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Index Access to care, 9, 26, 79 determinants of, 87 egalitarian and libertarian views, 87-91 financial barriers,237 women's, 171 Adelstein, S. James, 226 Adrenal transplants, 129 Agency for Health Care Policy and Research, 29, 31, 59, 145, 156, 213 Agranulocytosis, 70 AIDS, 116 n.l4, 171, 172, 173, 174 Airway/esophageal obstruction by foreign object, 69 Alcoholic liver disease, 70, 236 Aldose reductase inhibitors, 209, 214-215 All-payer model, 30, 128-129 Alpha 1-antitrypsin deficiency, 70 Alzheimer's disease, 112, 171, 173, 174, 209 Alzheimer's Disease and Related Disorders Association, 171 Ambulatory dialysis, 143 American Cancer Society, 55 American Hospital Association, 176 American Medical Association, 101 n.4 Anemia, 205 Anencephaly, 69, 71 Anesthesiology, gas monitoring technology, 224, 227 Angina pectoris, 5, 18, 21, 69, 181, 190 269 Angioplasty, 224 Angiotensin-converting enzyme inhibitors, 209 Ankylosing spondylitis, 173 Antibiotic therapy, 70, 187 Antisecretory agents, 235 Aplastic anemia, 69, 70 Appendectomy, 66, 69 Arizona, regulation of new technology, 137 Arteriography, 143 Arthritis of hip and knee, 18, 21 Arthroplasty, 69, 71, 72 Atherosclerosis, 18 Automatic blood pressure cuffs, 225 Automatic infusion pumps, 131 Baby boom generation, 170 Back operations, 25 Back pain, 18, 21, 24, 27; see also Low back pain, 22 Barnett, Lauren, 176 Barry, Michael, 59 Bay State Health Care, 192 Benefit coverage universal, 98, 251 variation in, 202 Benefit-utilization curve alternative interpretations of, 11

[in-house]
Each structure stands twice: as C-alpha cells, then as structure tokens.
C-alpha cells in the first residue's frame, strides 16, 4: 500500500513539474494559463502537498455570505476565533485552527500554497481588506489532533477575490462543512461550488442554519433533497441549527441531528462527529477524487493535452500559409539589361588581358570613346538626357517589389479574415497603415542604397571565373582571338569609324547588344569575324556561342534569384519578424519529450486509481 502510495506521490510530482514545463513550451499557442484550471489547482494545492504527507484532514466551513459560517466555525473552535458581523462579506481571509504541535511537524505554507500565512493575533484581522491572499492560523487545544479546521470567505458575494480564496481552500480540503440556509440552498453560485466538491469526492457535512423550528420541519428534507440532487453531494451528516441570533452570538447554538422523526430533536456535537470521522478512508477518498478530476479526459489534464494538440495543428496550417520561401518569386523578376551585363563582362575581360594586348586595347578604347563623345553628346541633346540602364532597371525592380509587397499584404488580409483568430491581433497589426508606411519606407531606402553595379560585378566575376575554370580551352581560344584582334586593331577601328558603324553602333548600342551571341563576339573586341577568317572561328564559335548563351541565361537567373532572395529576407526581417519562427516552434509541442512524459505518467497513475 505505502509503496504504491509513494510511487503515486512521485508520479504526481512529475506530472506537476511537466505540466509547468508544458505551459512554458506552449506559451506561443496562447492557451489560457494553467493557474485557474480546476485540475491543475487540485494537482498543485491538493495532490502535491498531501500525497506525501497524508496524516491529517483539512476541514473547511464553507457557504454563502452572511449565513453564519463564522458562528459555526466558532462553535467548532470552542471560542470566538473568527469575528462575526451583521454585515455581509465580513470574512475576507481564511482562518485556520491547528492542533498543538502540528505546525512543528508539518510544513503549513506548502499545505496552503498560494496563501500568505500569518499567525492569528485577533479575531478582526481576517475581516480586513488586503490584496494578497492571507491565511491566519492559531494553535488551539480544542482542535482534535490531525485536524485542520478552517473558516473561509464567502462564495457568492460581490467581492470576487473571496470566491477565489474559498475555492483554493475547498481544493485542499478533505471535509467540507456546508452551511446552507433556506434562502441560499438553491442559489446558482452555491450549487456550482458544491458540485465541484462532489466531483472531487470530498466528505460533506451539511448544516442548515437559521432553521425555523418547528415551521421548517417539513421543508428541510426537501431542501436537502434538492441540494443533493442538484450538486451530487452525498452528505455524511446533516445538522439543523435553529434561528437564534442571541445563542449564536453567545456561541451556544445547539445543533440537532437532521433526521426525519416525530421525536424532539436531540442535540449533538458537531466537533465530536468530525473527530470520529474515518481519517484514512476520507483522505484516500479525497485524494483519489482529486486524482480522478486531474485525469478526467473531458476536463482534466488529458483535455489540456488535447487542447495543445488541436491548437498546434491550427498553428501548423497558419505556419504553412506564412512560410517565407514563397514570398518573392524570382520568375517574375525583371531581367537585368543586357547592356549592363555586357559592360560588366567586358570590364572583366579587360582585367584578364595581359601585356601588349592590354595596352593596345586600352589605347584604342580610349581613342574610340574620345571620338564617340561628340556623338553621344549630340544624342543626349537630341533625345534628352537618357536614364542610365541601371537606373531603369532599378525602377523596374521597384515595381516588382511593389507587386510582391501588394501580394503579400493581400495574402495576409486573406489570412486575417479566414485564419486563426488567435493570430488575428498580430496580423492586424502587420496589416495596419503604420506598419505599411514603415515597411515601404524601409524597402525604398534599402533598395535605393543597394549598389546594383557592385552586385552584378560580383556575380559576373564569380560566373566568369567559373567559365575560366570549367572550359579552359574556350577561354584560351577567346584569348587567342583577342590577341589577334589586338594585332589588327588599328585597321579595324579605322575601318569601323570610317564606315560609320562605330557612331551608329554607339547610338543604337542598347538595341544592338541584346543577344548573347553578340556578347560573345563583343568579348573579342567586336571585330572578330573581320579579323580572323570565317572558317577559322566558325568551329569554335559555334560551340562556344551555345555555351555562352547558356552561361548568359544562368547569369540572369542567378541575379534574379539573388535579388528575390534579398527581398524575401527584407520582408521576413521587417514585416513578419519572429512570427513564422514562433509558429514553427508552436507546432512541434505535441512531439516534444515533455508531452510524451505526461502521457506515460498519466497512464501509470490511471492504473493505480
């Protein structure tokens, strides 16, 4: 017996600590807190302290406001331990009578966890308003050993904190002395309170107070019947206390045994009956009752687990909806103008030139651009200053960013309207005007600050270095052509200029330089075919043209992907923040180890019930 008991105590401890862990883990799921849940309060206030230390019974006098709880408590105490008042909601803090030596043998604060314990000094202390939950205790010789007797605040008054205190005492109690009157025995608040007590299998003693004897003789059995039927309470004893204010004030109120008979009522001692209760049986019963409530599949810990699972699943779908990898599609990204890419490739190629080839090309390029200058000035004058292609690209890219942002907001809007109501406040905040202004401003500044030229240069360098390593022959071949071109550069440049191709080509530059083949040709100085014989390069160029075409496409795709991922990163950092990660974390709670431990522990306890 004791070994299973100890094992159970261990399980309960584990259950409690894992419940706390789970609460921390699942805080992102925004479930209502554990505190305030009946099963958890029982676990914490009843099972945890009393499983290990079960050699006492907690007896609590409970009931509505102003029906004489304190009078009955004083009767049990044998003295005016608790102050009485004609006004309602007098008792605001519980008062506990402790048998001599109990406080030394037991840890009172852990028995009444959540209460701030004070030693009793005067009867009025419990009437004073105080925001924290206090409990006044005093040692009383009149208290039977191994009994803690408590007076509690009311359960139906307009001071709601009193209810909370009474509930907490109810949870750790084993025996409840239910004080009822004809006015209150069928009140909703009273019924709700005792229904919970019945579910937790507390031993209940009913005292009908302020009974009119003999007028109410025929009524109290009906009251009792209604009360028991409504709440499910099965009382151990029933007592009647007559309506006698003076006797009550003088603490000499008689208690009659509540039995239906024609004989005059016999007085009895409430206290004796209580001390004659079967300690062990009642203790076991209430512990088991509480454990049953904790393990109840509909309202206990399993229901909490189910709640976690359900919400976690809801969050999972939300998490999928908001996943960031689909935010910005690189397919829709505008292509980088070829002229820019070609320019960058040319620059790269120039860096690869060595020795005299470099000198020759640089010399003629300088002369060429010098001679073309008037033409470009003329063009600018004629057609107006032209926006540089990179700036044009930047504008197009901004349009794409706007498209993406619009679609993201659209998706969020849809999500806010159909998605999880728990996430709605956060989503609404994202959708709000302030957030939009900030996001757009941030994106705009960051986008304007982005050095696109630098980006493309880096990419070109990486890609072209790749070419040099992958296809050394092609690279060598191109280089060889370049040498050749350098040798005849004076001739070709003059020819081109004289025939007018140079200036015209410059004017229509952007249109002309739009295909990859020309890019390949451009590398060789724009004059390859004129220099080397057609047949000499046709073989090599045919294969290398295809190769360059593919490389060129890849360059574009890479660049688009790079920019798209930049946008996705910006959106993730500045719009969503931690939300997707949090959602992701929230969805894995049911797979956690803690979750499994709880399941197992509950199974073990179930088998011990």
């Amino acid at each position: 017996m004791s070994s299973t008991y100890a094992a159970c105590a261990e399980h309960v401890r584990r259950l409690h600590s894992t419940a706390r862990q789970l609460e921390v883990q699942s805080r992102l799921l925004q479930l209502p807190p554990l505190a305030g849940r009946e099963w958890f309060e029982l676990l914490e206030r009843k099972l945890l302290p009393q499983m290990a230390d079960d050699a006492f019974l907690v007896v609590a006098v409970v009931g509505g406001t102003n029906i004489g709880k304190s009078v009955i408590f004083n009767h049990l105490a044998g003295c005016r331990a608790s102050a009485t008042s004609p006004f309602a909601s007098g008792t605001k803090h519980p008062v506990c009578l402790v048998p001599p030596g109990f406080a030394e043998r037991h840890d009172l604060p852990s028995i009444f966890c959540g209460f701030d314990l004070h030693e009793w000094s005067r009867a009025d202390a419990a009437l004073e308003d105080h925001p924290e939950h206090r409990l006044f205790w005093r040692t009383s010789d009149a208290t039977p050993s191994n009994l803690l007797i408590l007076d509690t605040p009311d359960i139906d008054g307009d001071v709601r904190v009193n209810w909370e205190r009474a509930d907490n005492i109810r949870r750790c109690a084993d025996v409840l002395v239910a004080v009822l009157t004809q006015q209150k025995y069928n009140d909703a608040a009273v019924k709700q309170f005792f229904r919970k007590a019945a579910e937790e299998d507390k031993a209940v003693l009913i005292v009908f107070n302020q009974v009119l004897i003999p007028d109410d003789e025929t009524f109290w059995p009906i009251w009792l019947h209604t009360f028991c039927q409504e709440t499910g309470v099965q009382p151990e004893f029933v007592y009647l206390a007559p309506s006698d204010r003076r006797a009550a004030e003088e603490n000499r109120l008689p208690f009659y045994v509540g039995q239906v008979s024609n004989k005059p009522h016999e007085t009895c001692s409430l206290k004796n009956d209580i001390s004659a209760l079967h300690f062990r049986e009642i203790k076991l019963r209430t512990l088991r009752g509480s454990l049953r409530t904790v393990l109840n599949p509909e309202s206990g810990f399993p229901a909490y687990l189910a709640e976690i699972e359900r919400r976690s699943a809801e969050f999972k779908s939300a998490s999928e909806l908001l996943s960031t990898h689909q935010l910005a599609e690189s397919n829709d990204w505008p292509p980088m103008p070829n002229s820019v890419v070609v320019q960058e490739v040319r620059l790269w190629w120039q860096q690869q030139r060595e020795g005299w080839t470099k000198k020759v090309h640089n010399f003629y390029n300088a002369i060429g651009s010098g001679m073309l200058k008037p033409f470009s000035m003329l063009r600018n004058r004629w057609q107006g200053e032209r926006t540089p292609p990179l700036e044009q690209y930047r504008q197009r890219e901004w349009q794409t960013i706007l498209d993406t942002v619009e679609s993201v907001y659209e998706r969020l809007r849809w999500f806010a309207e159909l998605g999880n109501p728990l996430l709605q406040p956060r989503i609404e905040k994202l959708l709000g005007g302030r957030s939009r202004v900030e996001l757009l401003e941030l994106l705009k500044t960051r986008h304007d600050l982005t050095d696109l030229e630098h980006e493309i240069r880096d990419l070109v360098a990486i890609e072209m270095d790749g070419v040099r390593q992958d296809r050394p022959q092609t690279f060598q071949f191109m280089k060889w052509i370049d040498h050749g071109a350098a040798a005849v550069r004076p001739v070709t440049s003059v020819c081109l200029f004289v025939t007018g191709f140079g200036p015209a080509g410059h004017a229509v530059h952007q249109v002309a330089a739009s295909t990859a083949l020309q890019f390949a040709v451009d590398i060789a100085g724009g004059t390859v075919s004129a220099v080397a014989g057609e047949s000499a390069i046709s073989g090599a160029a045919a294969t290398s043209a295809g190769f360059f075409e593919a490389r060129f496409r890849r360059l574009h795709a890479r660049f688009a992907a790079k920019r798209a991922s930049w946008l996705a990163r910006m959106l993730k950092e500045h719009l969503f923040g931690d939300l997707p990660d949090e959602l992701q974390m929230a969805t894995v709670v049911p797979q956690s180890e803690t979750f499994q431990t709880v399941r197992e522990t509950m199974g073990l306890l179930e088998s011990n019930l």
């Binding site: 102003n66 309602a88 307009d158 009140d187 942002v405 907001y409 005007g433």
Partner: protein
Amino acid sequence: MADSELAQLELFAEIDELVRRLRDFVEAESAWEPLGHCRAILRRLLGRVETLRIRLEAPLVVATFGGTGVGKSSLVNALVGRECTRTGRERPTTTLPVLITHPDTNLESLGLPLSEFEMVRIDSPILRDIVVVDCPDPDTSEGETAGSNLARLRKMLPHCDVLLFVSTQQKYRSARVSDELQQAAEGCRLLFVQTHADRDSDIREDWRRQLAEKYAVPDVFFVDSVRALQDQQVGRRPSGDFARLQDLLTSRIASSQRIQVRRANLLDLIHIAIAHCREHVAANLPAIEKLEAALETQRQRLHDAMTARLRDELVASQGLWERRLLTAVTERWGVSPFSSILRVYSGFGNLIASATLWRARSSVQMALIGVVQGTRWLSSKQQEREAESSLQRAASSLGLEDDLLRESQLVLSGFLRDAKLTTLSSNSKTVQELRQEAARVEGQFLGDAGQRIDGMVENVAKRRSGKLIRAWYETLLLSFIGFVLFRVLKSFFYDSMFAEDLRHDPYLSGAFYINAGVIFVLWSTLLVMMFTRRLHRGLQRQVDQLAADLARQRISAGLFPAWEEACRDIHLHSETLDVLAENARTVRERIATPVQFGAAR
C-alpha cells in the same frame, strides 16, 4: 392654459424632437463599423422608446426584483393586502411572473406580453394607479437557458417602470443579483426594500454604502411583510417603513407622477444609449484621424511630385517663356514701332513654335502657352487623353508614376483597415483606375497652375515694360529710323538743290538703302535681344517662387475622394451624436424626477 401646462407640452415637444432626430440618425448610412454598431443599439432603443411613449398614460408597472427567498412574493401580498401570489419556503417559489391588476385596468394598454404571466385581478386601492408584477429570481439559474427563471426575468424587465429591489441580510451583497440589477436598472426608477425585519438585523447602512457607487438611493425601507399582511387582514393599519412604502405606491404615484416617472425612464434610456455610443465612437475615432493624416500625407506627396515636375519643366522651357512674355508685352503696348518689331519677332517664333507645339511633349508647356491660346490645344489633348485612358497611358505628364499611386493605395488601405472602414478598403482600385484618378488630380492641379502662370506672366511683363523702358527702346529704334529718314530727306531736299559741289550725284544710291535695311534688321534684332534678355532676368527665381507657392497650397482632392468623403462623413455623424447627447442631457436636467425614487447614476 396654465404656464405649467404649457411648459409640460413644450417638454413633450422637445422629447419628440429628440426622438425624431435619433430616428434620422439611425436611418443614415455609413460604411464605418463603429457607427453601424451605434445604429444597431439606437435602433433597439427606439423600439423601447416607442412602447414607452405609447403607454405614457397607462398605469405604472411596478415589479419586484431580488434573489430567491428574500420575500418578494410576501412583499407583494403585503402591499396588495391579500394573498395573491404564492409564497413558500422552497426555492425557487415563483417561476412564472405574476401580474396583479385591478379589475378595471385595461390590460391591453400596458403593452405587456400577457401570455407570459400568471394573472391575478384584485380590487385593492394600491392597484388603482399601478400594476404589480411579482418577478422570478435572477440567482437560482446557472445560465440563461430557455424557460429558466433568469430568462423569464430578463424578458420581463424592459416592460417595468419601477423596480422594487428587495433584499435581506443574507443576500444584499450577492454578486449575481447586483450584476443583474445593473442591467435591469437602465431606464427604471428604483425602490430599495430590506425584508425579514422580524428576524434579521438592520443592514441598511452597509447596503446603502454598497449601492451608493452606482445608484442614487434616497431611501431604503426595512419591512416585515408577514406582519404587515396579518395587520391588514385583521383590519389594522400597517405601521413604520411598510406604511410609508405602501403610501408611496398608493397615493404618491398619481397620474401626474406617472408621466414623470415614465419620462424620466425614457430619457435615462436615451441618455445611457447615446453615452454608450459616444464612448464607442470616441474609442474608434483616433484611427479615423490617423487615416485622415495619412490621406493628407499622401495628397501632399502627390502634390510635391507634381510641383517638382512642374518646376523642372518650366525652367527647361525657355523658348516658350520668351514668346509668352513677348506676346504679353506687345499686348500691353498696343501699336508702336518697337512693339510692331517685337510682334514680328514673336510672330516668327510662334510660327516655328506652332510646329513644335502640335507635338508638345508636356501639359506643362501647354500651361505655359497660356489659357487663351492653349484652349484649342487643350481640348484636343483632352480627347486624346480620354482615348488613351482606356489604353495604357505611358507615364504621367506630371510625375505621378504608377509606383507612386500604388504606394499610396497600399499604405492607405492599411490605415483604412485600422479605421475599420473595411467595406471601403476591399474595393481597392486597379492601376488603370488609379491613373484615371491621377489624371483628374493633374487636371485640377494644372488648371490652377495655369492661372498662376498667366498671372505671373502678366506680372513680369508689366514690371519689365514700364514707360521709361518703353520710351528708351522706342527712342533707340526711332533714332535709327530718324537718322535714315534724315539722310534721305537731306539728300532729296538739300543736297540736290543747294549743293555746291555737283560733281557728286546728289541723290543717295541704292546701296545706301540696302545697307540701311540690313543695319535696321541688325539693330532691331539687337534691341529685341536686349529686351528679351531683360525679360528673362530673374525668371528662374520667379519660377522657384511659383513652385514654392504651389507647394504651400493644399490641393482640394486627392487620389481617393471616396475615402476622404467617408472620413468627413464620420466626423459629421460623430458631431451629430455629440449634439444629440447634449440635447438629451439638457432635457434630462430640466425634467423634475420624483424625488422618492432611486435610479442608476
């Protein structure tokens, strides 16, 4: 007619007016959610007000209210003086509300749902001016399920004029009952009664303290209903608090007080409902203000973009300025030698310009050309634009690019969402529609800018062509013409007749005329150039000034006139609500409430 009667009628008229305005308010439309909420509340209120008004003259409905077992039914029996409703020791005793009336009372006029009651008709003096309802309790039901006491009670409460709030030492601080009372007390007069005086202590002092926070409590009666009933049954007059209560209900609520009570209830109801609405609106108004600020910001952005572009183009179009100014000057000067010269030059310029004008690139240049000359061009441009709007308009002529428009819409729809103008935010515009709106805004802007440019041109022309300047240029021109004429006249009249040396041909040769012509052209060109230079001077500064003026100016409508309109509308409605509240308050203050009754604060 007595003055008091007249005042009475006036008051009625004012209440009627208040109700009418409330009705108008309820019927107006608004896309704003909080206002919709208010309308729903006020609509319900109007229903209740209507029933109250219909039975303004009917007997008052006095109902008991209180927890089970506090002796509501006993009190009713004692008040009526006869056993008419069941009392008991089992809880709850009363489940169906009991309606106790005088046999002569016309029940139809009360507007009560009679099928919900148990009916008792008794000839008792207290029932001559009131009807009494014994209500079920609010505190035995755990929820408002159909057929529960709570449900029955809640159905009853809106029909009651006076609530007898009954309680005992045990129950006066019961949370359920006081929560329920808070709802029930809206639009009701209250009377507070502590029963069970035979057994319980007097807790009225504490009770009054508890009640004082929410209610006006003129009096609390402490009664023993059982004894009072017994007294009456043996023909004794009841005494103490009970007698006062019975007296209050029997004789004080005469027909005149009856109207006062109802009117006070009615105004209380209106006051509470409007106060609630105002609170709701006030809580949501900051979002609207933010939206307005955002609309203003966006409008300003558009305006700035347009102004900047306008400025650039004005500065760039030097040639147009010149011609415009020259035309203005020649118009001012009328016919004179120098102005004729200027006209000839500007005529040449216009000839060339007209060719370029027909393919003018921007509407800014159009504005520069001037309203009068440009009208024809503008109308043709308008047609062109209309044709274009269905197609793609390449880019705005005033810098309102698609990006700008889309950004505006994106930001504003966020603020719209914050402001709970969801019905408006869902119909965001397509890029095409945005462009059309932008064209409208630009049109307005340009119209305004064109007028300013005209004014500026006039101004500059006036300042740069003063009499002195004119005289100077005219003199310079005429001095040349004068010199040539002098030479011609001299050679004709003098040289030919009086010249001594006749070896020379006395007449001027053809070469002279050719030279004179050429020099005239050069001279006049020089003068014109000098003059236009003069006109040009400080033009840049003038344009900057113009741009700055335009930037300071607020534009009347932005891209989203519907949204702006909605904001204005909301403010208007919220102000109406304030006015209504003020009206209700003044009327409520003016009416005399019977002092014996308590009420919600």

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270 benign prostatic hyperplasia treatment, 14-17 common conditions for which shape is unknown, 18-19 diminishing marginal returns and, 12-13 under micromanaged care, 21, 47 outcomes and preference research and, 14 patient preferences and, 16-18 physician as decision maker and, 10, 12 13 under preventive theory of surgery, 14-15 under quality of life theory of surgery, 14, 15, 16 and rationing of care, 9-10 resource supplies and, 27, 47 shape of, 12-17 Benefits of treatment, measurement of, 83 Benign prostatic hyperplasia (BPH) benefit-utilization curve, 14-17, 18 interactive computer videodisc on, 59 patient preferences for treatment, 16-18, 180 percent of men having a prostatectomy, 16 ranking in Oregon priority list, 69 shared decision making on, 21, 31, 46, 59 surgery rates, 18, 59, 235 Bergner, Marilyn, 183 Beta-blockers, 5 Beth Israel Hospital, 181 Bile duct anomalies, 71 Biliary atresia, 70 Blendon, Robert, 192 Blue Cross/Blue Shield Association, 49, 128, 139, 215, 222 Bone marrow transplants, 27, 47, 64, 70, 71, 129 Boston, Massachusetts, hospital beds, 21, 23, 24, 26-27 Brain hemorrhage, 168 Brain stem infarct, 165 Breast cancer adjuvant chemotherapy, 158-159 assessment of treatments, 235 autologous bone marrow transplantation, 49 clinical advisory, 158 costs of care, 55 incidence, 55, 57 patients' predicaments, 154-157, 160 risk factors, 56 screening, 54-58, 157-158 treatment choices, 158, 235 INDEX British National Health Service, 4 access to care, 79 advantages over U.S. system, 29 American views of, 91 budget, 79-80 competition in, 84 cost containment, 80, 102-103 diffusion of technology in, 86-87, 251 exemptions from restrictions, 84 gatekeepers, 80, 82 hospital service expenditures, 80 ideology, 79 incentives for innovation, 7 micromanagement of clinicians, 94 physicians, 80, 81-82 political support for, 80 priority setting in, 74, 81, 84-85, 94 private treatment, 79 problems of, 80-83 reallocation of resources, 31, 80-81 reforms, 7, 83-85, 94 reimbursement of providers, 80 waiting lists, 83 Bundled care, 144-145, 146 Bunker, John P., 181 Calcium channel blockers, 209 California, regulation of new technology, 137 Canadian health care system, 4 benefit coverage, 103-104 distinctions from U.S. system, 29, 97 capital management, 98, 106-110, 113 114 cost-control succes s, 102- 103, 115 differences from U.S. health care systems, 97, 98-103 environmental context of operation, 101 102 funding of, 98, 104, 105, 114-115, 243 future of, 115-117 hospital funding and bed supply, 105-106, 109-110, 113 macromanagement of care in, 100, 105, 108, 112-113, 115 micromanagement in, 101, 111-112, 115, 116 operations management, 100, 103-106 out-of-pocket costs to patients, 104 physician peer assessment programs, 101 physician reimbursement rates, 30, 104 105